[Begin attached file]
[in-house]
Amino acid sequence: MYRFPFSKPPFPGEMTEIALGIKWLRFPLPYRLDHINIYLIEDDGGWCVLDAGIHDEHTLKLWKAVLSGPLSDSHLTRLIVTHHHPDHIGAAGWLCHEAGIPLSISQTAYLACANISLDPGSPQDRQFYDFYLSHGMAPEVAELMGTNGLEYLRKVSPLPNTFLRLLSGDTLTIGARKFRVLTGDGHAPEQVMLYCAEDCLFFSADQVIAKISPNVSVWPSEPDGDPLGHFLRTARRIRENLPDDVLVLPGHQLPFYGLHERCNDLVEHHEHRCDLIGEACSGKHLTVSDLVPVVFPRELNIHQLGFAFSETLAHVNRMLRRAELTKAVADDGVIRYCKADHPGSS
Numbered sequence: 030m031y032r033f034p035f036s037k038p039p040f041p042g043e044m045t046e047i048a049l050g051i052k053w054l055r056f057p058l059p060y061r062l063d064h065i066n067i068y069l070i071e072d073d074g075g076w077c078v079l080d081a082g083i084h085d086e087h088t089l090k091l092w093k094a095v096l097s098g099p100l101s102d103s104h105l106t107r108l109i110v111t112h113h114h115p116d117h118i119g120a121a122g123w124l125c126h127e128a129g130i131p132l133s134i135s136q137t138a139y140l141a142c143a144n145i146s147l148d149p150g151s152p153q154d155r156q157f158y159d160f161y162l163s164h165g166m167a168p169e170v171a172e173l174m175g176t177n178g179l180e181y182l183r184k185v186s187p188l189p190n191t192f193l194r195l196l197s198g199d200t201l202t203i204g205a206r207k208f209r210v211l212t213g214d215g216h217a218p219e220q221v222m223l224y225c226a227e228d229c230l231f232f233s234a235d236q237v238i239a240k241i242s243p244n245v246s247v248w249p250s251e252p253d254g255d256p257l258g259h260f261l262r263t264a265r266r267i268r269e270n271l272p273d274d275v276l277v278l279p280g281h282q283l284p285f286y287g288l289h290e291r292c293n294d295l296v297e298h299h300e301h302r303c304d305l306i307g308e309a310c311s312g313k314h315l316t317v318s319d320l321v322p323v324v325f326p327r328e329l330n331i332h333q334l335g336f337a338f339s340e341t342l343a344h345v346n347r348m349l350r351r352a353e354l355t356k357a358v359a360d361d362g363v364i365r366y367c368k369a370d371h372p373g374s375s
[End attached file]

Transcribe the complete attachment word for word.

[in-house]
Amino acid sequence: MYRFPFSKPPFPGEMTEIALGIKWLRFPLPYRLDHINIYLIEDDGGWCVLDAGIHDEHTLKLWKAVLSGPLSDSHLTRLIVTHHHPDHIGAAGWLCHEAGIPLSISQTAYLACANISLDPGSPQDRQFYDFYLSHGMAPEVAELMGTNGLEYLRKVSPLPNTFLRLLSGDTLTIGARKFRVLTGDGHAPEQVMLYCAEDCLFFSADQVIAKISPNVSVWPSEPDGDPLGHFLRTARRIRENLPDDVLVLPGHQLPFYGLHERCNDLVEHHEHRCDLIGEACSGKHLTVSDLVPVVFPRELNIHQLGFAFSETLAHVNRMLRRAELTKAVADDGVIRYCKADHPGSS
Numbered sequence: 030m031y032r033f034p035f036s037k038p039p040f041p042g043e044m045t046e047i048a049l050g051i052k053w054l055r056f057p058l059p060y061r062l063d064h065i066n067i068y069l070i071e072d073d074g075g076w077c078v079l080d081a082g083i084h085d086e087h088t089l090k091l092w093k094a095v096l097s098g099p100l101s102d103s104h105l106t107r108l109i110v111t112h113h114h115p116d117h118i119g120a121a122g123w124l125c126h127e128a129g130i131p132l133s134i135s136q137t138a139y140l141a142c143a144n145i146s147l148d149p150g151s152p153q154d155r156q157f158y159d160f161y162l163s164h165g166m167a168p169e170v171a172e173l174m175g176t177n178g179l180e181y182l183r184k185v186s187p188l189p190n191t192f193l194r195l196l197s198g199d200t201l202t203i204g205a206r207k208f209r210v211l212t213g214d215g216h217a218p219e220q221v222m223l224y225c226a227e228d229c230l231f232f233s234a235d236q237v238i239a240k241i242s243p244n245v246s247v248w249p250s251e252p253d254g255d256p257l258g259h260f261l262r263t264a265r266r267i268r269e270n271l272p273d274d275v276l277v278l279p280g281h282q283l284p285f286y287g288l289h290e291r292c293n294d295l296v297e298h299h300e301h302r303c304d305l306i307g308e309a310c311s312g313k314h315l316t317v318s319d320l321v322p323v324v325f326p327r328e329l330n331i332h333q334l335g336f337a338f339s340e341t342l343a344h345v346n347r348m349l350r351r352a353e354l355t356k357a358v359a360d361d362g363v364i365r366y367c368k369a370d371h372p373g374s375s